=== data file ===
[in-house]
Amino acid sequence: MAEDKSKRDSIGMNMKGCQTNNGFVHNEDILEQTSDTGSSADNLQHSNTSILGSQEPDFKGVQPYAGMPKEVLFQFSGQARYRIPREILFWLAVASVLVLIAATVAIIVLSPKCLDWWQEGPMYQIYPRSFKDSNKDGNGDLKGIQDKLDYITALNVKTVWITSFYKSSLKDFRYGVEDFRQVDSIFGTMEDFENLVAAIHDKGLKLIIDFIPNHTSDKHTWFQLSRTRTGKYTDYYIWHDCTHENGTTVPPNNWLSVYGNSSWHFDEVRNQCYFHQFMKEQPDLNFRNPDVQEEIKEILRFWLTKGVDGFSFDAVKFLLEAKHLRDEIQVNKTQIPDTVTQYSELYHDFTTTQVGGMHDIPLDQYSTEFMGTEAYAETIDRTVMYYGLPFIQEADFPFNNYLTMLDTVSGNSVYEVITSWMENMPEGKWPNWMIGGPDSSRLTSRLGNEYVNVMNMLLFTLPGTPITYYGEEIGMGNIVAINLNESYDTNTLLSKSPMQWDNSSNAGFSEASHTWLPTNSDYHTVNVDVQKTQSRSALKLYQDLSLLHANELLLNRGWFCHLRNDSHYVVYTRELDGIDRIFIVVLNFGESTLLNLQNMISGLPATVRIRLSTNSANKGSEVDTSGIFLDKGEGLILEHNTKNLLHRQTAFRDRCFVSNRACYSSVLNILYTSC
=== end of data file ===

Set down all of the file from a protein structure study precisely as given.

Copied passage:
[in-house]
Amino acid sequence: MAEDKSKRDSIGMNMKGCQTNNGFVHNEDILEQTSDTGSSADNLQHSNTSILGSQEPDFKGVQPYAGMPKEVLFQFSGQARYRIPREILFWLAVASVLVLIAATVAIIVLSPKCLDWWQEGPMYQIYPRSFKDSNKDGNGDLKGIQDKLDYITALNVKTVWITSFYKSSLKDFRYGVEDFRQVDSIFGTMEDFENLVAAIHDKGLKLIIDFIPNHTSDKHTWFQLSRTRTGKYTDYYIWHDCTHENGTTVPPNNWLSVYGNSSWHFDEVRNQCYFHQFMKEQPDLNFRNPDVQEEIKEILRFWLTKGVDGFSFDAVKFLLEAKHLRDEIQVNKTQIPDTVTQYSELYHDFTTTQVGGMHDIPLDQYSTEFMGTEAYAETIDRTVMYYGLPFIQEADFPFNNYLTMLDTVSGNSVYEVITSWMENMPEGKWPNWMIGGPDSSRLTSRLGNEYVNVMNMLLFTLPGTPITYYGEEIGMGNIVAINLNESYDTNTLLSKSPMQWDNSSNAGFSEASHTWLPTNSDYHTVNVDVQKTQSRSALKLYQDLSLLHANELLLNRGWFCHLRNDSHYVVYTRELDGIDRIFIVVLNFGESTLLNLQNMISGLPATVRIRLSTNSANKGSEVDTSGIFLDKGEGLILEHNTKNLLHRQTAFRDRCFVSNRACYSSVLNILYTSC